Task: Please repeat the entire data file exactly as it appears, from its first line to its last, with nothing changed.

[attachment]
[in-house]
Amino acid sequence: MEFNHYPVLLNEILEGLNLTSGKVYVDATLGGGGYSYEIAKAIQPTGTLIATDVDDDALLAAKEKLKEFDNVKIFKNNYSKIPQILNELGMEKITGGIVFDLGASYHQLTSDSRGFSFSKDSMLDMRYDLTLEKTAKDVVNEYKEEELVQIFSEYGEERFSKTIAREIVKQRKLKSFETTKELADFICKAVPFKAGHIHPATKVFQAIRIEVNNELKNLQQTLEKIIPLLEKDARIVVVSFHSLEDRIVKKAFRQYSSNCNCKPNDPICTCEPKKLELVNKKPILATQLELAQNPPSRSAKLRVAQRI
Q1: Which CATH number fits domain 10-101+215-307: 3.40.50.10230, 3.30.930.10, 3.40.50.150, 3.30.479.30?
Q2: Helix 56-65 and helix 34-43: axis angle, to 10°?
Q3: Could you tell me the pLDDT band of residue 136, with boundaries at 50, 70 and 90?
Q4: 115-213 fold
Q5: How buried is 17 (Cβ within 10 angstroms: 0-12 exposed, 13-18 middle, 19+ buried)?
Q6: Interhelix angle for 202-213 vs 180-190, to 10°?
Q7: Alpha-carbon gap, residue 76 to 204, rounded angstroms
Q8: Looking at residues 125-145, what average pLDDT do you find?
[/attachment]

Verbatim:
[in-house]
Amino acid sequence: MEFNHYPVLLNEILEGLNLTSGKVYVDATLGGGGYSYEIAKAIQPTGTLIATDVDDDALLAAKEKLKEFDNVKIFKNNYSKIPQILNELGMEKITGGIVFDLGASYHQLTSDSRGFSFSKDSMLDMRYDLTLEKTAKDVVNEYKEEELVQIFSEYGEERFSKTIAREIVKQRKLKSFETTKELADFICKAVPFKAGHIHPATKVFQAIRIEVNNELKNLQQTLEKIIPLLEKDARIVVVSFHSLEDRIVKKAFRQYSSNCNCKPNDPICTCEPKKLELVNKKPILATQLELAQNPPSRSAKLRVAQRI
Q1: Which CATH number fits domain 10-101+215-307: 3.40.50.10230, 3.30.930.10, 3.40.50.150, 3.30.479.30?
Q2: Helix 56-65 and helix 34-43: axis angle, to 10°?
Q3: Could you tell me the pLDDT band of residue 136, with boundaries at 50, 70 and 90?
Q4: 115-213 fold
Q5: How buried is 17 (Cβ within 10 angstroms: 0-12 exposed, 13-18 middle, 19+ buried)?
Q6: Interhelix angle for 202-213 vs 180-190, to 10°?
Q7: Alpha-carbon gap, residue 76 to 204, rounded angstroms
Q8: Looking at residues 125-145, what average pLDDT do you find?